Typically, the enol compound reacted with the nitrosating agent will be a lactone and most usually ascorbic acid or ascorbate. Erythorbic acid (also known as D-araboascorbic acid) is a stereoisomer of ascorbic acid that differs from ascorbic acid only in the relative position of the hydrogen and hydroxyl groups on the fifth carbon atom in the molecule. Erythorbic acid, therefore, has similar properties to ascorbic acid and may also find use in methods of the present invention.
Acetal and ketal derivatives of ascorbic acid in which the enediol group of the lactone ring of the compound remains intact and which way find application in methods of the invention are, for instance, disclosed in U.S. Pat. No. 4,153,613, and include the tetradecanal acetal of ascorbic acid, the hexadecanal acetal of ascorbic acid, the oleyl aldehyde of ascorbic acid, the 2-nonadecanone ketal of ascorbic acid and the 3-phenylpropan-1-al acetal of ascorbic acid. Further derivatives of ascorbic acid or erythorbic acid which may find use in the methods described herein include 5,6-anhydro-L-ascorbic acid, 5,6-anhydro-D-erythorbic acid, 6-bromo-6-deoxy-L-ascorbic acid, 6-deoxy-6-thiophenoxy-L-ascorbic acid, and 6-deoxy-6-phenoxy-L-ascorbic acid methods, the synthesis of which are described in U.S. Pat. No. 4,368,330.
Other derivatives of ascorbic acid that may be utilised include 6-aliphatic C2-20-carboxylic acid esters of ascorbic acid which can be produced by esterifying the ascorbic acid with an aliphatic C2-20-carboxylic acid halide in the presence of an N,N-dialkyl-alkanecarboxylic acid amide, or a suitable cyclic amide or cyclic carbamide, as described in U.S. Pat. No. 4,997,958.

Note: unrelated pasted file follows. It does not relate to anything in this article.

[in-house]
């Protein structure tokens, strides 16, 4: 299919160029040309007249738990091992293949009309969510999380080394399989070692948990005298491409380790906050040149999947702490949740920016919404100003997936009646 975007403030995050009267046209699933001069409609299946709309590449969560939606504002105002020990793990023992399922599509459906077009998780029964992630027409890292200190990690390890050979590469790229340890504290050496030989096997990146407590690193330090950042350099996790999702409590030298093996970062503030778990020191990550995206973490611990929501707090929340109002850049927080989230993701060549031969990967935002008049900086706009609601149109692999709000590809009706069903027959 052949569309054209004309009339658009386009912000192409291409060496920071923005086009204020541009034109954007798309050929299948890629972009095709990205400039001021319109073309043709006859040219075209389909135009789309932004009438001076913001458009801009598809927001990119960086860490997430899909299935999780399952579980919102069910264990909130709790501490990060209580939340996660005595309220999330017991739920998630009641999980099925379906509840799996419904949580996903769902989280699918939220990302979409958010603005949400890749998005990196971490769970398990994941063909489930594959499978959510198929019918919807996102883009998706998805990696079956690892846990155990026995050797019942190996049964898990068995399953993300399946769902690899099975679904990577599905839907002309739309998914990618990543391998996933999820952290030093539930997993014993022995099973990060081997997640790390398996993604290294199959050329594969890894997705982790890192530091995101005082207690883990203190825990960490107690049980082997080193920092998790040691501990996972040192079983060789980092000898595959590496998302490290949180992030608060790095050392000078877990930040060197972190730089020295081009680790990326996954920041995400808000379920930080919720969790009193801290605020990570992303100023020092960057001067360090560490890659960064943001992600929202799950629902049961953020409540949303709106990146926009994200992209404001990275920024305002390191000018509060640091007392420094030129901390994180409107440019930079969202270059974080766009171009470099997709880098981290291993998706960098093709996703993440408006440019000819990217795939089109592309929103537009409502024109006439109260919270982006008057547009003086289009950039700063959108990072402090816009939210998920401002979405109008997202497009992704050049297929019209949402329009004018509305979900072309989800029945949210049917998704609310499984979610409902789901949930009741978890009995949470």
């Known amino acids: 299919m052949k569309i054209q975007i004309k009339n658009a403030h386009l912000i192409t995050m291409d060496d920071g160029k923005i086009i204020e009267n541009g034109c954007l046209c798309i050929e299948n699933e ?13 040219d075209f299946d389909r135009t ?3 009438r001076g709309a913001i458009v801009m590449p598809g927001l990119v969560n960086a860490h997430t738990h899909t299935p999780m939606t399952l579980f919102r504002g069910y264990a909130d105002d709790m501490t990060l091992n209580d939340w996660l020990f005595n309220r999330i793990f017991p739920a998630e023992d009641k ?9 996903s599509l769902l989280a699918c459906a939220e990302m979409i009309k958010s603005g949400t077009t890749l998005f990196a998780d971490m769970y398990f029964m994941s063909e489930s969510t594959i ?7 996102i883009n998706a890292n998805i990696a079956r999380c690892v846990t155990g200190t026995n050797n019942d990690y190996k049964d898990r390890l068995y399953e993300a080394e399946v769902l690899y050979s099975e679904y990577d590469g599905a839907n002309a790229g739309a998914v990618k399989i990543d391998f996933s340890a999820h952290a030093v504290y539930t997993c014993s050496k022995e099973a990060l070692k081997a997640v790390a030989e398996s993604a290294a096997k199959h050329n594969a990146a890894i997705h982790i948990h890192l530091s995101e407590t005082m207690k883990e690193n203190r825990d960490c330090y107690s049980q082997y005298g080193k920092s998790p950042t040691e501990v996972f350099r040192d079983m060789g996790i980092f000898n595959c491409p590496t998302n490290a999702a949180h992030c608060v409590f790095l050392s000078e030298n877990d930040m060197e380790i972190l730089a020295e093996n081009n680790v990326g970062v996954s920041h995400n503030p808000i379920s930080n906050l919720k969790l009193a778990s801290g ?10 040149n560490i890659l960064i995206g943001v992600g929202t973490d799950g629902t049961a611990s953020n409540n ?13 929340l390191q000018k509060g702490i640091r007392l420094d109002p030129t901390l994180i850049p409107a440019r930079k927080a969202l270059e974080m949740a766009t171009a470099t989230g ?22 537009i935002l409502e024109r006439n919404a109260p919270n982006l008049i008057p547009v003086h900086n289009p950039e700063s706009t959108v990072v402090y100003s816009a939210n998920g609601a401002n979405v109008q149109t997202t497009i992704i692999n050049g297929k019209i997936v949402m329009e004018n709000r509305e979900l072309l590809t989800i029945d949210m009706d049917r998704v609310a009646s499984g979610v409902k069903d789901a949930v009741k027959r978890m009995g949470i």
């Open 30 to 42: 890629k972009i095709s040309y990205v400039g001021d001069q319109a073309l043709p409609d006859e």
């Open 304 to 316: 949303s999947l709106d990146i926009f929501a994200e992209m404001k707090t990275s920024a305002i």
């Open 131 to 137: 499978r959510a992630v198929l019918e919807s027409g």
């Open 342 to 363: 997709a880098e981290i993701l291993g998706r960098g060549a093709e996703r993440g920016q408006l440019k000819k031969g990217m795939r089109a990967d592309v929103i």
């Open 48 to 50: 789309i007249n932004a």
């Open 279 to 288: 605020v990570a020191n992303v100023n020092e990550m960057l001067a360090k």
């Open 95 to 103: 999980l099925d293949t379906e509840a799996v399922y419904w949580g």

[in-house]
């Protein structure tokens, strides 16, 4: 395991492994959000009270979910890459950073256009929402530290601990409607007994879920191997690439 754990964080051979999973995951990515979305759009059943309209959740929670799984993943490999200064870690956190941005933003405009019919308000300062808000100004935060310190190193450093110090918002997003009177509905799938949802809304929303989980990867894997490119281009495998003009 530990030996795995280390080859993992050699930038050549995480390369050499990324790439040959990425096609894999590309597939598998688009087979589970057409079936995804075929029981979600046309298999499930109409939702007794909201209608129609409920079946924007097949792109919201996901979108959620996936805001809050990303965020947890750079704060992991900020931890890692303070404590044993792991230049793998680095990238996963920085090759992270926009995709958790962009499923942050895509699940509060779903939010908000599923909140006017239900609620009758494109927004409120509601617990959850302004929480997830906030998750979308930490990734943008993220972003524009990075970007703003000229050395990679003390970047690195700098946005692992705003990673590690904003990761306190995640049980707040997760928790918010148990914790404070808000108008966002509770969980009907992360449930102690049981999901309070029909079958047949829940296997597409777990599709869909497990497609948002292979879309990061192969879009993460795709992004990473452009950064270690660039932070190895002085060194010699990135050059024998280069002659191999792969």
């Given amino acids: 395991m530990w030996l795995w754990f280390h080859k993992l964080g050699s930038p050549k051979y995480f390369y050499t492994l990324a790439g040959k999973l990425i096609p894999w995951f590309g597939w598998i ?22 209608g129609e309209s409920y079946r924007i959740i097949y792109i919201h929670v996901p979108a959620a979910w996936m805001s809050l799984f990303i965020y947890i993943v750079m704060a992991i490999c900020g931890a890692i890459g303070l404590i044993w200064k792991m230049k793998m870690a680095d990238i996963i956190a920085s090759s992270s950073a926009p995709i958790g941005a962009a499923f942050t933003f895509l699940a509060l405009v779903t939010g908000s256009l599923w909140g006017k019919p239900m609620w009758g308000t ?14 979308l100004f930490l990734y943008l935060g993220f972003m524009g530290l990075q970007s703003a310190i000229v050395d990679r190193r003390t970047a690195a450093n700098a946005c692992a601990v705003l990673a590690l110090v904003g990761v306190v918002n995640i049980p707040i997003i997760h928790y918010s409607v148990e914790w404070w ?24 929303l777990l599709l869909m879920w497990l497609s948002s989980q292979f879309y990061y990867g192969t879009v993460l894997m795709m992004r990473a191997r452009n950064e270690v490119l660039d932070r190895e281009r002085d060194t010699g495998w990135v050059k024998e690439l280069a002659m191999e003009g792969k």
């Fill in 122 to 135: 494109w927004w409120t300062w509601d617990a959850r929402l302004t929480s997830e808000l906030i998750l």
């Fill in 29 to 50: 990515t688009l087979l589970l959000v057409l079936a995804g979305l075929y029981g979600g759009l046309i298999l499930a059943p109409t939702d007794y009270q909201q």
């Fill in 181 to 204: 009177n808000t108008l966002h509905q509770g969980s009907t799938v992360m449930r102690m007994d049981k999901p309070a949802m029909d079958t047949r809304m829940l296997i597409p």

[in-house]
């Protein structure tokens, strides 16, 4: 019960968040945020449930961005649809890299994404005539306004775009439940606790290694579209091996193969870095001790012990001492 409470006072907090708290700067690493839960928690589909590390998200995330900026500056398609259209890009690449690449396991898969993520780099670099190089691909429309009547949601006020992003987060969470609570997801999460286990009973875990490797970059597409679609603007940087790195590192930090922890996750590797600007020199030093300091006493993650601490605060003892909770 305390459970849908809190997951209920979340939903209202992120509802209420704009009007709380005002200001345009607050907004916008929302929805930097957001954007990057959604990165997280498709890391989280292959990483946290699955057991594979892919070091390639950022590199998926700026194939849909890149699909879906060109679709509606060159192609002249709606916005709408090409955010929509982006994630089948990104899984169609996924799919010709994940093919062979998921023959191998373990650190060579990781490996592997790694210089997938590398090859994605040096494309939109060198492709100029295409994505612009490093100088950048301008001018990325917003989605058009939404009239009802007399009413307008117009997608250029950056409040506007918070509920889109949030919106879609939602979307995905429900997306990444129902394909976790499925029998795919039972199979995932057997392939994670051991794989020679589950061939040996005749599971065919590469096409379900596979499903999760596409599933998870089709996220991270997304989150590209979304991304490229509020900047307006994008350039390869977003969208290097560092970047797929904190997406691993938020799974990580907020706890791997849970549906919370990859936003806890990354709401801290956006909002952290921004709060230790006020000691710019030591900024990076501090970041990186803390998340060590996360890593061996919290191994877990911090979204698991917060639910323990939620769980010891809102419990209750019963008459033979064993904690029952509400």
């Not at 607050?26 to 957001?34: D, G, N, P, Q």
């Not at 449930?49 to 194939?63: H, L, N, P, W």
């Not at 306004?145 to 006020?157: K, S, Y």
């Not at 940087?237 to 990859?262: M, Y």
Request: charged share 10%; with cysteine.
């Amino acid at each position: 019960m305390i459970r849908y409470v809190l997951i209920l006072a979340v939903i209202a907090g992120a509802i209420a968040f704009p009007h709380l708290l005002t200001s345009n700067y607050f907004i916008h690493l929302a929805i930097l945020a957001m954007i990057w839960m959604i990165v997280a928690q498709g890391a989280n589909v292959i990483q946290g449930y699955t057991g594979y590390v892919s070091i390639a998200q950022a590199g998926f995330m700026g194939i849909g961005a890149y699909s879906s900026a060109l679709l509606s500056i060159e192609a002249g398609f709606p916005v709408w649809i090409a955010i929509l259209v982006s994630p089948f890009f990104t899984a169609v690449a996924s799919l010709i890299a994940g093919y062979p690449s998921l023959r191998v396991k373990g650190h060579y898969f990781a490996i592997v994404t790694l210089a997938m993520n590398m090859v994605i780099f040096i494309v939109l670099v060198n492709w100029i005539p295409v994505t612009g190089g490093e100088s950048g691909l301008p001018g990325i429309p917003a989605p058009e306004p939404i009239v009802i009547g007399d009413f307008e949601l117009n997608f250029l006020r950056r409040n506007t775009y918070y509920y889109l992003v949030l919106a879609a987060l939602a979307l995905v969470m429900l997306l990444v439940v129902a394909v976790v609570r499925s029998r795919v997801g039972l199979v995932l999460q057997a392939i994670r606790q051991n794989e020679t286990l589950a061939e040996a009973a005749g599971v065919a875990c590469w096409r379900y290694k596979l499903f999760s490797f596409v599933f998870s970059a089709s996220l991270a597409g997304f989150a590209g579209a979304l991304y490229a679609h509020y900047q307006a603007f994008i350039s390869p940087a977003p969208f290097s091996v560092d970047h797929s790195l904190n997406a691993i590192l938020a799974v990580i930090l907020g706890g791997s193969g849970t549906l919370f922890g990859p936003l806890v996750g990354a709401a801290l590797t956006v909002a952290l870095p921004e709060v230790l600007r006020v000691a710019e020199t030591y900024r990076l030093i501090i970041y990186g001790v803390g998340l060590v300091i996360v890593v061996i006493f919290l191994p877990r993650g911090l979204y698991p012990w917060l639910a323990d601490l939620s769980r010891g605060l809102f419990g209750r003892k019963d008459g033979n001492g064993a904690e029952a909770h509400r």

The enol or enolate form of the compound employed for the gassing of the emulsion explosive will normally be utilised in the explosive at a concentration in a range of from about 0.005 M to about 0.04 M and more preferably, in a range of 0.01 M to 0.025 M.
The term “modified form” of ascorbic acid or ascorbic acid isomer encompasses forms in which one or more atoms or chemical groups of these compounds has been replaced or substituted with a different atom, chemical or functional group, and compounds in which one or more functional groups have been chemically modified compared to ascorbic acid or the ascorbic acid isomer.
The nitrosating agent can, for instance, be selected from the group consisting of N2O3 (dinitrogen trioxide), ONCl (nitrosyl chloride), ONBr (nitrosyl bromide), ONSCN (nitrosyl thiocyanate), ONI (nitrosyl iodide), nitrosothiourea, nitrosyl thiosulfate, HNO2 (nitrous acid), OH+, ON+OH2, or an inorganic nitrosyl complex such as nitroprusside. Typically, dinitrogen trioxide will be employed as the nitrosating agent and can be formed in situ from nitrite ion and H+ from an acid used in the emulsion explosive. Any suitable nitrite ion salt such as sodium or potassium nitrite can be used as the source of the nitrite ions. Typically, the nitrosating agent will be utilised or generated in the emulsion explosive. The nitrite salt is typically utilized in the concentration range of about 0.01 M to about 0.04 M and more preferably at around 0.015 M.
The emulsion explosive can be any water-in-oil emulsion comprising a discontinuous phase of an aqueous oxidiser solution containing an oxidiser salt, that is dispersed in a continuous phase of an organic fuel in the presence of one or more emulsifying agents. Such emulsion explosives are well known in the art.